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quiversR4hunting

Family SUV plunges off cliff in CA - family from WA

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Mama Mia

Reading the latest article is making my rage level go through the roof.

Those children had family that loved them. They were taken from their Aunt, who was in the process of adopting them for ONE mistake !  While the Adoption with the Hart’s went through AFTER one of the women was found guilty of actually abusing a child ! Unconscionable. 

They should NEVER have been taken from their Aunt. Never. I was involved in a Child Protective Services Improvement Project in the past - there HAVE to be structures to support kinship care. And there has  to be acknowledgement that unless the biological parent(s) have been shown to be extremely dangerous - they are likely to sometimes see the children, termination of rights or no. You often see these CPS plans that call for no-contact - it’s not realistic, and it’s a set up for failure. The emphasis should be on making sure that happens safely. Should the Aunt have used the mom for childcare, unsupervised, with such young children? No. But you address that issue, you don’t remove the damn kids. The social worker could have tried to help her find on-call childcare resources, seen about adding a stipend of extra cash so she could turn down the shift, etc. even just simply tell her it was against the rules and not to do it again ffs. 

So many of these assessments of safety and need come down to money. Pure and simple. On every level. Even the article notes how state foster care funding is tied to how quickly kids are adopted out. Money is tied into which family can better care for children - far more than it needs to. The bigger house of strangers with more space per child “wins” over a crowded home with family. 

And both mixed in with $ and racial and cultural biases - there is always the underlying bias ( often not acknowledged ) that if your family raised up the drug addicted / neglectful parent - your whole family is probably trash. And that is especially true if the family is “other” - poor, a different culture than the CPS worker, etc.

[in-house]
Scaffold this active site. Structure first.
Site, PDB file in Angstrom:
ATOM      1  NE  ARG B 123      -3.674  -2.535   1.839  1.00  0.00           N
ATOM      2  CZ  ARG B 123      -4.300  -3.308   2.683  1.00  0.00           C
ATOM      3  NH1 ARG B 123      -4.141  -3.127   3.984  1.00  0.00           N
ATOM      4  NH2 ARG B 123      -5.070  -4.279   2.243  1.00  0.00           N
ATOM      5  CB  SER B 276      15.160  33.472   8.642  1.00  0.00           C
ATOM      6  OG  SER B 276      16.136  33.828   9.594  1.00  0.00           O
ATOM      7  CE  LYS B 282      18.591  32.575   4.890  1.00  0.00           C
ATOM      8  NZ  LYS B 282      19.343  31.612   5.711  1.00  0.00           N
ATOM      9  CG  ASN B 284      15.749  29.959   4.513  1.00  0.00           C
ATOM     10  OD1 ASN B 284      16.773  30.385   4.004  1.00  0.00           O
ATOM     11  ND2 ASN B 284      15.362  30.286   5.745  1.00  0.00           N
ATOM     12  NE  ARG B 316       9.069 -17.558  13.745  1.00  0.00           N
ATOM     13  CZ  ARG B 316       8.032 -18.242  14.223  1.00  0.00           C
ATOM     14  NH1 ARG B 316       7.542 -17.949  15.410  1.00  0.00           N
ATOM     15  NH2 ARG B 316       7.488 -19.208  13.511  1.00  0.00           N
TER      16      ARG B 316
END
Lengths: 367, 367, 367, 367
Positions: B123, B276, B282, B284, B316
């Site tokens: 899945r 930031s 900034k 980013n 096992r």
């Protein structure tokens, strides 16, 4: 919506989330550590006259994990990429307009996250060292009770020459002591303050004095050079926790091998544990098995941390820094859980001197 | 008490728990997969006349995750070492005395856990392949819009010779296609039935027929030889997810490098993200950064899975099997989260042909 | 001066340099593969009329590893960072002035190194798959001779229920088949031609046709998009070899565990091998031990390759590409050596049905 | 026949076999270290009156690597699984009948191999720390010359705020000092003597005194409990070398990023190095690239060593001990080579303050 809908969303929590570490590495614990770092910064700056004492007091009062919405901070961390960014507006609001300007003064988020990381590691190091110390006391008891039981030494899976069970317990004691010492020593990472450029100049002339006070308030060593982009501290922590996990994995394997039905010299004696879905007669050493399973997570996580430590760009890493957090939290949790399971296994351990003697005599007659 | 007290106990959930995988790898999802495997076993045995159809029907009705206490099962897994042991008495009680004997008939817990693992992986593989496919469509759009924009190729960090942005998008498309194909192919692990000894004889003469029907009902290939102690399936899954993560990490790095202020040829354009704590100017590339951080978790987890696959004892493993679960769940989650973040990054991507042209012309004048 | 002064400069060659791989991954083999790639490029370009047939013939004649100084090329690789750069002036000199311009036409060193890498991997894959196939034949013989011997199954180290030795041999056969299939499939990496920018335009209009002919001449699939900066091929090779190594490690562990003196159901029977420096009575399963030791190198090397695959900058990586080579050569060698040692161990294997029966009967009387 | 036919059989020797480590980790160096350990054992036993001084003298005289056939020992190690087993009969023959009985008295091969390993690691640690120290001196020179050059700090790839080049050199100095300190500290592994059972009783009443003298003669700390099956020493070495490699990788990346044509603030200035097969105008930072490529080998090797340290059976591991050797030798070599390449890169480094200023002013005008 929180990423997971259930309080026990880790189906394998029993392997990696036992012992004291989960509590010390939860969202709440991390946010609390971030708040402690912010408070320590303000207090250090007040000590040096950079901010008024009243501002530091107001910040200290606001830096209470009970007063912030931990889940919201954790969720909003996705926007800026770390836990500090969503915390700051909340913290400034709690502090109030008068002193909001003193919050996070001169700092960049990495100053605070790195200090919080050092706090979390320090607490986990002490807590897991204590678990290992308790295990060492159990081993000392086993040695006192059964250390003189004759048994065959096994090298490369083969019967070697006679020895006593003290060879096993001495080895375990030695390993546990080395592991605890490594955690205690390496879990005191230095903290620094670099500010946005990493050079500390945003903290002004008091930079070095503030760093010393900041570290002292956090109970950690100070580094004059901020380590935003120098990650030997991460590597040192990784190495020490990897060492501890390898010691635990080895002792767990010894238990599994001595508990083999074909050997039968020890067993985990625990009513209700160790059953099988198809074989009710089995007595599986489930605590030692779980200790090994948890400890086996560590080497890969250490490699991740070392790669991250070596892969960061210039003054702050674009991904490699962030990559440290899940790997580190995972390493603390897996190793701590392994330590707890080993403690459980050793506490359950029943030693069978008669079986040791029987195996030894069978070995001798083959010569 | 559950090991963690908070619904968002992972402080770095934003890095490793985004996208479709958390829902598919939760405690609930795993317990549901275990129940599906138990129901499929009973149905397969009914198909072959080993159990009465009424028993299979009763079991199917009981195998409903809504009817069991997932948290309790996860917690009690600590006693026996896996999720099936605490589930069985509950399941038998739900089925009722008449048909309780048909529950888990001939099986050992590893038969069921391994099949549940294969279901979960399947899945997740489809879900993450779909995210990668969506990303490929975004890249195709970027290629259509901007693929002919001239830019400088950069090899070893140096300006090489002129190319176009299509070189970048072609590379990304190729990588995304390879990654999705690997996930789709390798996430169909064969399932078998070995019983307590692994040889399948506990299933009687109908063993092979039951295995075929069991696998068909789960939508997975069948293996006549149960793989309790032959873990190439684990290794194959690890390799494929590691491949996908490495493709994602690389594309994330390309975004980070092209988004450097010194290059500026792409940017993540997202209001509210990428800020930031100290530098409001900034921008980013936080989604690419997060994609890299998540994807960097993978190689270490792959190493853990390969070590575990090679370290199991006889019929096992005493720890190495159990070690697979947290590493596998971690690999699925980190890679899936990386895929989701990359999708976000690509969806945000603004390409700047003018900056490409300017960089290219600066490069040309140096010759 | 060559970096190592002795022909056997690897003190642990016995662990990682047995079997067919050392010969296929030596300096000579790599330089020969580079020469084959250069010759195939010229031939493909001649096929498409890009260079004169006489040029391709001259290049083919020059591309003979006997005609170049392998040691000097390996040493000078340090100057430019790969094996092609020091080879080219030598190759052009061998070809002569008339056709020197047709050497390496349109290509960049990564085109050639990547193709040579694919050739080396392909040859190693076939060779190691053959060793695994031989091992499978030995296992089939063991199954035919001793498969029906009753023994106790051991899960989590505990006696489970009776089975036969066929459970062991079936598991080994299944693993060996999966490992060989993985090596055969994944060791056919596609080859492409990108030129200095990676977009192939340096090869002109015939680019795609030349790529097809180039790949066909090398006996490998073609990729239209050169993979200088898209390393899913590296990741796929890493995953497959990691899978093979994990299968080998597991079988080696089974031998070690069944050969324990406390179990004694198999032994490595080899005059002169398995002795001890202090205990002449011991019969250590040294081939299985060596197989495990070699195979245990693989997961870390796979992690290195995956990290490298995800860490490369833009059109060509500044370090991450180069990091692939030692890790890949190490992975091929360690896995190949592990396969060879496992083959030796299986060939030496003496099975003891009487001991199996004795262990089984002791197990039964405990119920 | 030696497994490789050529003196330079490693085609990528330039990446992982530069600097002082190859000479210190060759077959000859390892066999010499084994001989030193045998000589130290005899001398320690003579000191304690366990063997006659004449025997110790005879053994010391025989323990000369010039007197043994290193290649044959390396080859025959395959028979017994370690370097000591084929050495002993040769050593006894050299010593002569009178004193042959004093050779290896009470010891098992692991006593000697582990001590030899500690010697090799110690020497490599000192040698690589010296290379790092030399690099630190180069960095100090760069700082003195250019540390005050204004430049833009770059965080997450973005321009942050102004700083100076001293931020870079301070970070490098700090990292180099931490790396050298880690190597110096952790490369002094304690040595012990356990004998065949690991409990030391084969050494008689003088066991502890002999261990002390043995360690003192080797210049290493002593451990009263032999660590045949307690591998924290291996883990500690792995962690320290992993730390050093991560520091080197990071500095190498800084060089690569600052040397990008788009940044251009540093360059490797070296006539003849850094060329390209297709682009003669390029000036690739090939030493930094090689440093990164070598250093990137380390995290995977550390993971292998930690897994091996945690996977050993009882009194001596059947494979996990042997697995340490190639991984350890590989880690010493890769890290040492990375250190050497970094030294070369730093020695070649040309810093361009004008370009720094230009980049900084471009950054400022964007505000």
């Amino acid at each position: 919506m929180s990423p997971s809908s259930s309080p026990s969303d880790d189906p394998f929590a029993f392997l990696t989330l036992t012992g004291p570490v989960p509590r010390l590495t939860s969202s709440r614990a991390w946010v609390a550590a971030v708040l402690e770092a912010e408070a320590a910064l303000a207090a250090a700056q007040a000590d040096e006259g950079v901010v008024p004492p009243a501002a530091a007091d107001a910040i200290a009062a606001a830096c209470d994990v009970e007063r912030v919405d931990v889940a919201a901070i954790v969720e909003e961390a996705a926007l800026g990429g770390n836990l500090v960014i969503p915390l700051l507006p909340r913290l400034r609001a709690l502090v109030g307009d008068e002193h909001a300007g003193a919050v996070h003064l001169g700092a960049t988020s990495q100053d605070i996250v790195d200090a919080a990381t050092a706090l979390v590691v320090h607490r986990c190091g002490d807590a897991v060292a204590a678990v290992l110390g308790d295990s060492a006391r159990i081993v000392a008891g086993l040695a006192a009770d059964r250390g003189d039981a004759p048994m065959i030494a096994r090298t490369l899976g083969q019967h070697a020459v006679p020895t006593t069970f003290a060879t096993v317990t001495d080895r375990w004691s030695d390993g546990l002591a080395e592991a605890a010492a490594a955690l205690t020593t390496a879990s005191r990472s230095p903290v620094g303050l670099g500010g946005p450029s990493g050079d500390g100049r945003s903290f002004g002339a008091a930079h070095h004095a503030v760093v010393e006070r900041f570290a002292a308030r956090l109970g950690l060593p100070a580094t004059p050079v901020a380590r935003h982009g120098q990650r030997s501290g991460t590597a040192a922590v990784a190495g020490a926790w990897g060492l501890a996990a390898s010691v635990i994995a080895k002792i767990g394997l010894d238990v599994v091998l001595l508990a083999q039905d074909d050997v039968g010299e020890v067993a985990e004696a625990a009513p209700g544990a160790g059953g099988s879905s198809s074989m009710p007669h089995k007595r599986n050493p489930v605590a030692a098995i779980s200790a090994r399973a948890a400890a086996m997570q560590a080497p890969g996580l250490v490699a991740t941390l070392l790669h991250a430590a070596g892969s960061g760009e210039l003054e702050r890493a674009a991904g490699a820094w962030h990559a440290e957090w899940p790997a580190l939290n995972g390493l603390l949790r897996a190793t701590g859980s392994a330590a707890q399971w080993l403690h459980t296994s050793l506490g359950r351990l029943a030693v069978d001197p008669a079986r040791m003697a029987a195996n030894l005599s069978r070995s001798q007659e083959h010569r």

Aagghhh ....

 

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hoipolloi
5 hours ago, Howl said:

Also, my fundy-dar started to ping re: the tiny Minnesota adoption agency that had way too many adoption referrals from Texas.  I'm way curious now about that story.  

My fundy-dar started going off, too. Would really like to see some follow-up on that. 

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Pecansforeveryone

I posted on this in a Bates thread where I recommended the book Child Catchers by Katherine Joyce. I will recommend that book again. It really opened my eyes to the need to keep children in their family of origin, if at all possible. Then, secondarily, to keep them in their community of origin if at all possible. 

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Mama Mia
9 hours ago, Pecansforeveryone said:

I posted on this in a Bates thread where I recommended the book Child Catchers by Katherine Joyce. I will recommend that book again. It really opened my eyes to the need to keep children in their family of origin, if at all possible. Then, secondarily, to keep them in their community of origin if at all possible. 

Absolutely. There also needs to be a much more flexible, and on-going, safety net set up whenever possible.  

I’ve worked with some parents who were loving, and bonded, but they just mentally could NOT  care for their kids independently/stay clean/keep creepers away. Permanent supportive family housing ( low-income Housing with on-going service, on-site supervision and monitoring /mentoring ) would be a huge benefit . Respite care. Funds for things like bunk beds and screens so kids can share small spaces. A means to split up financial support and resources between multiple caregivers - sooooo many kids could stay with family if there was a way for Mom’s  Grandma and Dad’s Auntie and family friend Tony could share the responsibility! Or a fund to pay for school clothes eVERY year. So many things that COULD be done, but it’s easier to have systems that fit in neat check-off boxes.

And, equally important, being ok with “good enough” parenting- caregiving. So many systems have a set ideal that doesn’t match the reality of the people they work with. Sure, give parenting classes, and counseling, and substance abuse treatment, of course- but realize that harm reduction is often  preferable to taking a kid from their home and community. Give the kids themselves training in self-care, resiliency, and safety skills. 

And....can you tell this is a topic where  I have very strong opinions ? 

 

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nausicaa

Not to get too into the weeds here, but is anyone else puzzled by the financial aspects of this case?

Apparently only Sarah Hart worked--as a cashier at Kohl's. To support six kids and a SAHM? And they were traveling all the time and owned a large house on the West Coast? Granted, they got $2,000 a month in adoption assistance, but still. They were really only middle class culturally, not in terms of earned income. I wonder if there was family money, and if so, why the family wasn't more involved.